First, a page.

Wednesday, July 13, 2011
The most dangerous band in the world.
Their impact, their immediacy has refused to be stifled even though it has been 24 years since their epic debut album was released. Sure, Axl's gone crazy, but didn't we all know he was always a little off-the-wall? Band members have come and gone but truthfully, it will always be Slash, Axl, Izzy, Duff, and Steven that cemented their legacy in rock 'n roll history from the first police-siren wail of "Welcome to the Jungle".
The band only released three full-length, proper albums - the GNR Lies EP has an important place in the GNR pantheon but at only 8 songs, can't be classified as a full length LP, and The Spaghetti Incident is an album of all cover songs, and god knows how to classify Chinese Democracy (which, in all fairness, has its moments).
So in honor of one of my "Top 5 Favorite Bands of All Time (TM)", here's my list of the best GNR songs of all time.
10. You Ain't The First (1991)
This song, unlike any other GNR song, evokes the old time country feel of singers like Hank Williams. Raw with a sweet veneer over nasty break up lyrics. I am almost positive this song would not be included on anyone else's Top 10 GNR songs list, but it stuck with me for some reason over the years.
9. Think About You (1987)
Softer lyrically than most everything else on Appetite For Destruction, but the crunching guitars of this song retain all the bite associated with the band. The perfect song to listen with the windows down and the sunroof open.
8. "Buick MacKane / Big Dumb Sex" (1993)
The beginning is almost apocalyptic; you can picture the opening notes playing in the background of a Michael Bay movie. The song slides along with nonsensical lyrics that manage to paint an evocative picture of nights spent making it hurt so good. The guitars scream sex over and over again. It's sinister and sexy, there is no choice to be made, just sex to be had. A bit of a strange choice for a GNR Top Ten list.
7. So Fine (1991)
Highly underrated and sweet track where Duff shares lead vocals with Axl and sings a understatedly moving tribute to Johnny Thunders (former member of the New York Dolls who died the same year Use Your Illusion I & II were released). The groove of this song is just perfect and it leaves me wondering what would have been if Duff had written more song for the band.
6. Don't Cry (1991)
Haunting, evocative and the kind of song that never leaves your blood. The video is mesmerizing, another entry in the canon of epic GNR videos. Shannon Hoon's background vocals add another layer to Axl's dual voice, and add a poignancy to the song illuminated by his death not long after. The alternate lyrics version is equally inspiring as the original - a rarity.
5. Rocket Queen (1987)
Like no other song recorded before or since. I read once somewhere that Appetite for Destruction is an album of the harsh truth of reality, no holds barred, and no redemption. Yet, the song (and thus, the album) ends on a positive note, offering an overarching theme of hope through the darkness of seedy, backalley LA.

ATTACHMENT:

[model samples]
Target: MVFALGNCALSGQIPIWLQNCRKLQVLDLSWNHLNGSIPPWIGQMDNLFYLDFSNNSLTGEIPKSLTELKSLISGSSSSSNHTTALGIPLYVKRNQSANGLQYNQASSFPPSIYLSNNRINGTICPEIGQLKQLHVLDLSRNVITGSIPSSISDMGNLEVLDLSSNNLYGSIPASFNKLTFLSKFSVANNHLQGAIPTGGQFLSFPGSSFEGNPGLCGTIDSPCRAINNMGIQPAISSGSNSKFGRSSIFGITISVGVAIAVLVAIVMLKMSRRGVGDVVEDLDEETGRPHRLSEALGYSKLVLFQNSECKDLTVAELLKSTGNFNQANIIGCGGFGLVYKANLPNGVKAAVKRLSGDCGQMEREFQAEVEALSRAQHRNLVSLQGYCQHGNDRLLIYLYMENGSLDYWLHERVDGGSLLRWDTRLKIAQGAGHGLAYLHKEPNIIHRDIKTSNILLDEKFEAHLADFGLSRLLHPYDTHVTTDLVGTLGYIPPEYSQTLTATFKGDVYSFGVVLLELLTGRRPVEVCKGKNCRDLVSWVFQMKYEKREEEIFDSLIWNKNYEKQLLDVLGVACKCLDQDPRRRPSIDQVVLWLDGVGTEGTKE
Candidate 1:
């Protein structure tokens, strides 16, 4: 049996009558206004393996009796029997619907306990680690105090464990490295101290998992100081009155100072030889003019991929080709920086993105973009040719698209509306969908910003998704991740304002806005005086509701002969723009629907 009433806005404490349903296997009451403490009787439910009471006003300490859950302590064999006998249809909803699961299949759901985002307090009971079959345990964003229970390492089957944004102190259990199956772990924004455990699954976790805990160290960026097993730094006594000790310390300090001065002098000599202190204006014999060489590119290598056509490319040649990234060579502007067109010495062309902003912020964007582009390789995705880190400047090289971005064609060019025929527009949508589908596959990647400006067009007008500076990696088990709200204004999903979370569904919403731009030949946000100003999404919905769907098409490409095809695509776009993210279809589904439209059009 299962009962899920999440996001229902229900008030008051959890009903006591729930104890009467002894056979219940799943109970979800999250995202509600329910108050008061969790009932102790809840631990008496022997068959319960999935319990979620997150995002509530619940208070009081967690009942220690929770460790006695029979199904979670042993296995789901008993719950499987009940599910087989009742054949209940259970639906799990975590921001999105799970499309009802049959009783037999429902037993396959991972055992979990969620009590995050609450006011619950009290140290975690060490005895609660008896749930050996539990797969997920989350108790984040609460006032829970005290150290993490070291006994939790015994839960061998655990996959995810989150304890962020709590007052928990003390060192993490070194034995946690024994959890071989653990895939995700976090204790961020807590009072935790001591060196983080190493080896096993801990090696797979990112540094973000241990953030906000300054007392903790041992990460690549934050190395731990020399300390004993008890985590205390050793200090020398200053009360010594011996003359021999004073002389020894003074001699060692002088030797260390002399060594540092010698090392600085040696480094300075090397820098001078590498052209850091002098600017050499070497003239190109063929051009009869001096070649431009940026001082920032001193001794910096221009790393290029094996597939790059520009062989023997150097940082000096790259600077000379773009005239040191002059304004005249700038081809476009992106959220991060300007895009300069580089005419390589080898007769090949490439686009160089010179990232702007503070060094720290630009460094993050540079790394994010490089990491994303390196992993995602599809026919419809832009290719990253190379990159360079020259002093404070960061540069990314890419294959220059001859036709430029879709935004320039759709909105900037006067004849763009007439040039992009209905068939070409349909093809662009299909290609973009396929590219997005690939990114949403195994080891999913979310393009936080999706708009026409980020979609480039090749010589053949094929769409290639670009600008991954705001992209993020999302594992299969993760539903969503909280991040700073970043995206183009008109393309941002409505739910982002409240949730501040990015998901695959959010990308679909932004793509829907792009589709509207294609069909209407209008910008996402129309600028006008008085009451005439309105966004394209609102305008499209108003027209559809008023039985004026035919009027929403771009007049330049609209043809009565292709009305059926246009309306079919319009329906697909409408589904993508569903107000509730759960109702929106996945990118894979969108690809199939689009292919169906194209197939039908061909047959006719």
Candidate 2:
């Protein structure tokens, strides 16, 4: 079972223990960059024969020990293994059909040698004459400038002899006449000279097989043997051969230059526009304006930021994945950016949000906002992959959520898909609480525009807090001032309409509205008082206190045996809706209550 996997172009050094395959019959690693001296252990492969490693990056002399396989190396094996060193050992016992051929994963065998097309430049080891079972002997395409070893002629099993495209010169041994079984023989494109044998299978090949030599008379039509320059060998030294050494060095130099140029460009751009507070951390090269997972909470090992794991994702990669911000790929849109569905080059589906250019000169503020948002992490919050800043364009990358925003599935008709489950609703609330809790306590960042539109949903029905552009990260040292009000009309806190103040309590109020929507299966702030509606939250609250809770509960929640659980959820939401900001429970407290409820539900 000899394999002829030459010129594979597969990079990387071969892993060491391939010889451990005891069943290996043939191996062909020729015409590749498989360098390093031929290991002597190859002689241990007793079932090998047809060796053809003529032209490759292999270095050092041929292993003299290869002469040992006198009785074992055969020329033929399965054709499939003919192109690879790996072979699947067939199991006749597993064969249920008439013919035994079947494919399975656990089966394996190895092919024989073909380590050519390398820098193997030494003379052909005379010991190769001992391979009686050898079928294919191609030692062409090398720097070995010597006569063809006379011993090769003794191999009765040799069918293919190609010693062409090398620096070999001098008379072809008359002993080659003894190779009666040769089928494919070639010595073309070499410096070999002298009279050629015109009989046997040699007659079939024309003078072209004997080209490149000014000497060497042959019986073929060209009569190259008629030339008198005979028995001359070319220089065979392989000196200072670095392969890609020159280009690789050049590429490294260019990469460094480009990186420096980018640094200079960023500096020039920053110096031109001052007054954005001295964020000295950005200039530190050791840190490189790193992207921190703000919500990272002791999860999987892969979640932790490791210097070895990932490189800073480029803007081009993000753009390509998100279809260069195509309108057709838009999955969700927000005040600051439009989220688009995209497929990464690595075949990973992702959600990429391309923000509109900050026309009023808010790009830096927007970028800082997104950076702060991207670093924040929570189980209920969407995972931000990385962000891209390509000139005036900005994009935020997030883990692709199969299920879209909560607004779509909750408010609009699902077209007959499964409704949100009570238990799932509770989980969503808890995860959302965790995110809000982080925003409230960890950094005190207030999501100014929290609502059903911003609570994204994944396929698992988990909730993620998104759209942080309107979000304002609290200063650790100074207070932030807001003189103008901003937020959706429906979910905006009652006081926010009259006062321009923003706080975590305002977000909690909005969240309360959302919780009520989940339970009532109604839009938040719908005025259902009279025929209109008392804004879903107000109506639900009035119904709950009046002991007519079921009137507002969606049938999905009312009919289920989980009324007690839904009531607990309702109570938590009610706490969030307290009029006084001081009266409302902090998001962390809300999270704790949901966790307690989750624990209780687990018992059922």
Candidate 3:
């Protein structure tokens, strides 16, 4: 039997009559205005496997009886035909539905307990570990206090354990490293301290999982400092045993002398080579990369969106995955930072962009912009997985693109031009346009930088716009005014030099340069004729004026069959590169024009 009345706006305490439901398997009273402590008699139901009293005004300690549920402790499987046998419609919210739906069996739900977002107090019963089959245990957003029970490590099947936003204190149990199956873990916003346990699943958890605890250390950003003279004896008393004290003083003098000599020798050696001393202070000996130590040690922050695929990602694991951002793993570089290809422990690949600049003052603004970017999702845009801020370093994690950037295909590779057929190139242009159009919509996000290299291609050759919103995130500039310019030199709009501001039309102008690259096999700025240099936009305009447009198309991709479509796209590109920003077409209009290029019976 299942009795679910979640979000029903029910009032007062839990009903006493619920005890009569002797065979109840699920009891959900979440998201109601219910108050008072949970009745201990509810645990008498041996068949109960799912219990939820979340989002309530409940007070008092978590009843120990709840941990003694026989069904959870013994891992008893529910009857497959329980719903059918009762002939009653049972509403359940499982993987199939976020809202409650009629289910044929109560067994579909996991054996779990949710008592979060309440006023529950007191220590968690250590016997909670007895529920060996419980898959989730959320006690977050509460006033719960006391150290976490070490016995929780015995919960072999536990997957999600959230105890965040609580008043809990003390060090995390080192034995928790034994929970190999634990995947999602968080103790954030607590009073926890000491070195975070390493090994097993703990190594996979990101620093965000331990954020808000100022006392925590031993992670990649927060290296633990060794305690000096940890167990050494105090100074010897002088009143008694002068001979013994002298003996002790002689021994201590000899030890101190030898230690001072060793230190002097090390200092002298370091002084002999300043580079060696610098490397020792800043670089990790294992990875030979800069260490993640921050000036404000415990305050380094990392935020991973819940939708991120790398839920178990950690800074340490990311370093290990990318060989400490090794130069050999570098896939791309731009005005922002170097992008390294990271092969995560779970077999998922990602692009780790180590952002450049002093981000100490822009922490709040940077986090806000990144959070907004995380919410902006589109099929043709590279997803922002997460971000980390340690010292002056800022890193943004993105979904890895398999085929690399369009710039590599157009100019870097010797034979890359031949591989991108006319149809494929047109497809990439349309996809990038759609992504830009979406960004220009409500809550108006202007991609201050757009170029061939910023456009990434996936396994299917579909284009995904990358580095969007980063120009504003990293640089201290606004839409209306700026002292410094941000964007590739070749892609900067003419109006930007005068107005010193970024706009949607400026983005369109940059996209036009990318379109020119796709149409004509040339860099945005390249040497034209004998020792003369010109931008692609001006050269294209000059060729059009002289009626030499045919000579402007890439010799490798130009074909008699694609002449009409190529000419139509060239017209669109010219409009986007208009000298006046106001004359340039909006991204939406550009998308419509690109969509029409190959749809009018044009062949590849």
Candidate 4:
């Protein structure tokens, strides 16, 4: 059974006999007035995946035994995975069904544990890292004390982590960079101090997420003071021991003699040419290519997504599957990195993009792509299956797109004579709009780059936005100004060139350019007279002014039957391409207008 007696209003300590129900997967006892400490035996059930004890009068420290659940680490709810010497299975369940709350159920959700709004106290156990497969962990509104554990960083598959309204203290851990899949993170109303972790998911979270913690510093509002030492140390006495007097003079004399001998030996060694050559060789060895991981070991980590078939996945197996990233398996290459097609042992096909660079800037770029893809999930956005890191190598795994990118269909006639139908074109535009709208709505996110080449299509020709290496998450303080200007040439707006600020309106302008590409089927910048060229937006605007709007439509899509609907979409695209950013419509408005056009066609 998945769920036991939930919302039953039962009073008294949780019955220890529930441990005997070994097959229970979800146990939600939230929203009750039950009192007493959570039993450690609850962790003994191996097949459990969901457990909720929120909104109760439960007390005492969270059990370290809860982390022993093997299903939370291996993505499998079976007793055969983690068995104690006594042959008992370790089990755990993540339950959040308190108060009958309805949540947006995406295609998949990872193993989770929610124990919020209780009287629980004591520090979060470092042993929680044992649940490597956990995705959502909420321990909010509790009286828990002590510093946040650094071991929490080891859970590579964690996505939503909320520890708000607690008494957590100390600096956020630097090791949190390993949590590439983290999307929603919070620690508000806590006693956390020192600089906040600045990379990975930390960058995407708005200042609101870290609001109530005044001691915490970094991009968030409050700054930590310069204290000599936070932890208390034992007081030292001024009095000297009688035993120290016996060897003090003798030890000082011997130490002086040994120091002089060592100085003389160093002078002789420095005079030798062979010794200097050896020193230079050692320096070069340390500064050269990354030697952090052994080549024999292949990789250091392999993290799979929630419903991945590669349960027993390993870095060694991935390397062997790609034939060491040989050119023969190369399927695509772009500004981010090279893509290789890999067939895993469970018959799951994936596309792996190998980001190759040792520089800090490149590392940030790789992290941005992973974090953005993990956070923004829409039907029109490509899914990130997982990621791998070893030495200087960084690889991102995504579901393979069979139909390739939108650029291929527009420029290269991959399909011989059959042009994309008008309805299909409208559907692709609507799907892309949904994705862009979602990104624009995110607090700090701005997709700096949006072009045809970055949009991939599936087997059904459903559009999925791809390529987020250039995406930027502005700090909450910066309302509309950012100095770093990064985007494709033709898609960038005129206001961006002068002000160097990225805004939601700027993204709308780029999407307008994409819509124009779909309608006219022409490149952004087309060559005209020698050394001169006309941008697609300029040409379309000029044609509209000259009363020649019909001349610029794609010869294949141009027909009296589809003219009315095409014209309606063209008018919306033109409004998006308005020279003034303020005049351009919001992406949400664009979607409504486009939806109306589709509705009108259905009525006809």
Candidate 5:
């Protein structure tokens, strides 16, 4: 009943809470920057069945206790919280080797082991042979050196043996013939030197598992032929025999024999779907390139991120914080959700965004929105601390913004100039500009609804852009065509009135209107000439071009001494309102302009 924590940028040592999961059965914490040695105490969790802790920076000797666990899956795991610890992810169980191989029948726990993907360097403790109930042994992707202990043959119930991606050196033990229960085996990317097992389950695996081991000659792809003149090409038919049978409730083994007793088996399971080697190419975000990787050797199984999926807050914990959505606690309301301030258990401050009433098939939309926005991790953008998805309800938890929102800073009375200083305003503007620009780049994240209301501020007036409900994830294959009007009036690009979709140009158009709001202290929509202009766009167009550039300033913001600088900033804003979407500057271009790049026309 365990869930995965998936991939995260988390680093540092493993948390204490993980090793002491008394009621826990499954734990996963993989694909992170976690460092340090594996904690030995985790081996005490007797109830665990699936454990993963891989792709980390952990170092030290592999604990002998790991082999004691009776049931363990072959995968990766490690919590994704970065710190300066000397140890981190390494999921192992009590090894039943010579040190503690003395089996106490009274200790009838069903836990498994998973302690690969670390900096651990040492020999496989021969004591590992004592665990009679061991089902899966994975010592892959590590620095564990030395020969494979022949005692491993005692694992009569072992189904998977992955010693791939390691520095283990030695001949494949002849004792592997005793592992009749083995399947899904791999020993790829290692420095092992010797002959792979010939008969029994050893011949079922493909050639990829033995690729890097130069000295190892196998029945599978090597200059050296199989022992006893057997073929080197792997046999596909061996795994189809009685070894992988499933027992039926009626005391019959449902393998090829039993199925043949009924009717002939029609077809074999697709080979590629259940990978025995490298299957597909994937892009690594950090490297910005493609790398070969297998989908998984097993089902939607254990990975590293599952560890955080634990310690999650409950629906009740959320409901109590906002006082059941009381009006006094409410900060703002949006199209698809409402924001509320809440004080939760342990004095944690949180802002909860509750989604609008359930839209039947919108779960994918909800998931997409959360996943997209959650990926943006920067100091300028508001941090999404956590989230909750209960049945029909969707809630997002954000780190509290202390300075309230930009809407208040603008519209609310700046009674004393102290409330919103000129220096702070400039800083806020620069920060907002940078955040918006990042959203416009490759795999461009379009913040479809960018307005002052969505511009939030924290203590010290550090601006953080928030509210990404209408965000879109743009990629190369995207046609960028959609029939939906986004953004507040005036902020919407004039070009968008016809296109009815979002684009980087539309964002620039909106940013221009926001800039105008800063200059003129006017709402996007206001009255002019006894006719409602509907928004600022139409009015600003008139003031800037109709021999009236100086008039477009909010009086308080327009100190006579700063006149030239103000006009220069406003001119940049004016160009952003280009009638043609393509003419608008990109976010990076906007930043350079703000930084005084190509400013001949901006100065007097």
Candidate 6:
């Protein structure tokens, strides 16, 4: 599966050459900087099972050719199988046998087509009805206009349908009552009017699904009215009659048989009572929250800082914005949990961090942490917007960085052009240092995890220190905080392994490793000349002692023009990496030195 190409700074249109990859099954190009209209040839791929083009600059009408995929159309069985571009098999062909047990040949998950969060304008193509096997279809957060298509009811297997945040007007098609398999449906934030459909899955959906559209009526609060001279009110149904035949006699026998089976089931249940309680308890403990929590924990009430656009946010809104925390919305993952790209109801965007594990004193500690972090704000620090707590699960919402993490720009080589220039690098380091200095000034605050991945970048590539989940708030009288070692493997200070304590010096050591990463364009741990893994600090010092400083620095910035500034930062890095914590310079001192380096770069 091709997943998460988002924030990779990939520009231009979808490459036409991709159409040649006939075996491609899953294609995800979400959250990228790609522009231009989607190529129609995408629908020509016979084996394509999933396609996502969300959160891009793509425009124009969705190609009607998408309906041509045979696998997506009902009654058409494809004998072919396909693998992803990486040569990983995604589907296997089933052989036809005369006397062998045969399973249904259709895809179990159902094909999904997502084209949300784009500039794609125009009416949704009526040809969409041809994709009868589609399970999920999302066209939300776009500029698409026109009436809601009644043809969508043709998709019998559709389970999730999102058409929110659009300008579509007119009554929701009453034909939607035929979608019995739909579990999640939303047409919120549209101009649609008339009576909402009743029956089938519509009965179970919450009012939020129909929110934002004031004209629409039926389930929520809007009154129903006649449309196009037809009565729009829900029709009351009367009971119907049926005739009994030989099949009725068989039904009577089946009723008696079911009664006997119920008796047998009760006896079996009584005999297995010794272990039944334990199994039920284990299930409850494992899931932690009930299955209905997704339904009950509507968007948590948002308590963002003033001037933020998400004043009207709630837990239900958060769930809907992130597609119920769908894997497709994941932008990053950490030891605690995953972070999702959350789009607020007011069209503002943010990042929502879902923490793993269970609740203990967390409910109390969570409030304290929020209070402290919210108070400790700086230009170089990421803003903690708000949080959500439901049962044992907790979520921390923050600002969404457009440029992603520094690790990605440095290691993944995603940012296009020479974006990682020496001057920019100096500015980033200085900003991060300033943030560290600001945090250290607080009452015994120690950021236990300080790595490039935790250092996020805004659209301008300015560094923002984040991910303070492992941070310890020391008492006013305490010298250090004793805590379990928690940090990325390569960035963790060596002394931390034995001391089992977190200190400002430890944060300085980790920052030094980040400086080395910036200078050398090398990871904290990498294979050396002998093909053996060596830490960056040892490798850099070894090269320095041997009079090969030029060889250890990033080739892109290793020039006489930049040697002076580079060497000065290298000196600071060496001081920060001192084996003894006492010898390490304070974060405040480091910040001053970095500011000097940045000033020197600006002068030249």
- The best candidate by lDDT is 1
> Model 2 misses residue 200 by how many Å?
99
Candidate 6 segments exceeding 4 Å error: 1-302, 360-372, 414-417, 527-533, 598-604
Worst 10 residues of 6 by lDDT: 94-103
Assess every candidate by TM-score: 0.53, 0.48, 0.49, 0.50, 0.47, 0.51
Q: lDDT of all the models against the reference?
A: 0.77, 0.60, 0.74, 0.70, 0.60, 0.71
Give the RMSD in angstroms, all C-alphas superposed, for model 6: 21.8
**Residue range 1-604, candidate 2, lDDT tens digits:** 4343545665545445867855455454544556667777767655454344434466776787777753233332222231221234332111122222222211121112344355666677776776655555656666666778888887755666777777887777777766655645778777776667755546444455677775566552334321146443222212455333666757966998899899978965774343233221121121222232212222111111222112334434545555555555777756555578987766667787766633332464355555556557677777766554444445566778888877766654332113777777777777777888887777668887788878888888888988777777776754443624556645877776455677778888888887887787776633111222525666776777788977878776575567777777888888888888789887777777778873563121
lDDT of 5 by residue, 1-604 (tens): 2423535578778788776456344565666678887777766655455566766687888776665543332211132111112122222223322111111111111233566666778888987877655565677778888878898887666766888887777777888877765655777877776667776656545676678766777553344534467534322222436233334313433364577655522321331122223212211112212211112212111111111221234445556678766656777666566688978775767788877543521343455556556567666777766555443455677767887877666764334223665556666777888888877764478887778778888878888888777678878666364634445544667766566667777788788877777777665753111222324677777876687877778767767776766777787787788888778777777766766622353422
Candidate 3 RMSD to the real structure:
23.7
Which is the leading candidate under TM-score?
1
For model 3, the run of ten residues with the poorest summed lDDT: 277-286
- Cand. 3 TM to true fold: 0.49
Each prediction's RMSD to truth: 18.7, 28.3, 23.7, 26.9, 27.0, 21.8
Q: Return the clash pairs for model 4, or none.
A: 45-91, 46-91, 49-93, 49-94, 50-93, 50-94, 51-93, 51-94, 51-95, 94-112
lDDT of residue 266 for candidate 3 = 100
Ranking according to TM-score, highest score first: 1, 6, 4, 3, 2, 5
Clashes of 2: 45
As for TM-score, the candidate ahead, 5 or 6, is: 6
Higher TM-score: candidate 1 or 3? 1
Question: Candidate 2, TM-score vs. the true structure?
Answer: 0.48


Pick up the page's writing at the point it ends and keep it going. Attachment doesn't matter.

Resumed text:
4. You're Crazy (Acoustic) (1988)
Slowing down the tempo and the instrumentation allows the true backbone of this song to show through the trappings. It becomes almost a threat and takes on a life of its own. The acoustic version featured on GNR Lies becomes an entirely different song from the electric version on Appetite for Destruction. And it's entirely awesome.
3. November Rain (1991)
Axl's unashamedly epic ode to Elton John. Perhaps one of the best music videos ever made. Watching it makes me mourn the end of the music video era, because it is clear how amazing the visual component of a song becomes when the artist has true vision and spirit for the form. Do yourself a favor and watch this video to remember the hedonism and the heartbreak of it all. Watching Guns 'N Roses videos made me read Del James and want to buy the intricate, heavy metal jewelry by the infamous designer Axel. And maybe that was the whole point.
2. Knockin' On Heaven's Door (1990/1991)
The video I'm posting is from the Freddie Mercury tribute concert in 1991. And it's proof, beyond a shadow of a doubt, that when Guns N Roses had their shit together, they were the greatest rock 'n roll band our generation has ever seen. EVER. This video, this performance captures everything I wish everyone could understand about GNR. Axl is so perfectly Axl here, from the bandanna, to the kilt, to the Kill Your Idols shirt. Slash with the double neck guitar and without the top hat, Gilby Clarke, Duff, and the way Matt Sorum beats the shit out of the drums at the end of the song. They don't make 'em like this anymore.
I have to say, unequivocally, I love this cover far more than the original. So sue me.
1. Paradise City (1987)
I love this song so much that I have included it twice (supposedly by accident) on every party mix CD I have ever made. What could I love more about this song? The beginning which quickly evolves into a "We Will Rock You"-style anthem, and you think you know what's coming next, until it explodes in a cacophony of wall-to-wall chaos. The music video which details their epic concert at Giant Stadium and performance at Monsters of Rock Donington festival in 1988? It is a tragedy beyond words that there hasn't been another Monsters of Rock festival in the same place, in the same vein since 1996 (where KISS and Ozzy co-headlined).
But back to the music. This song is what Guns 'N Roses are all about. Courting controversy, simultaneously captivating and destroying the world with their music. THIS is the song I would play someone who had never heard of GNR, to capture what they were so wholly about: kicking ass, taking names, and burning so brightly they were destined to only blaze for a little while. But in that time, they set the world on fire.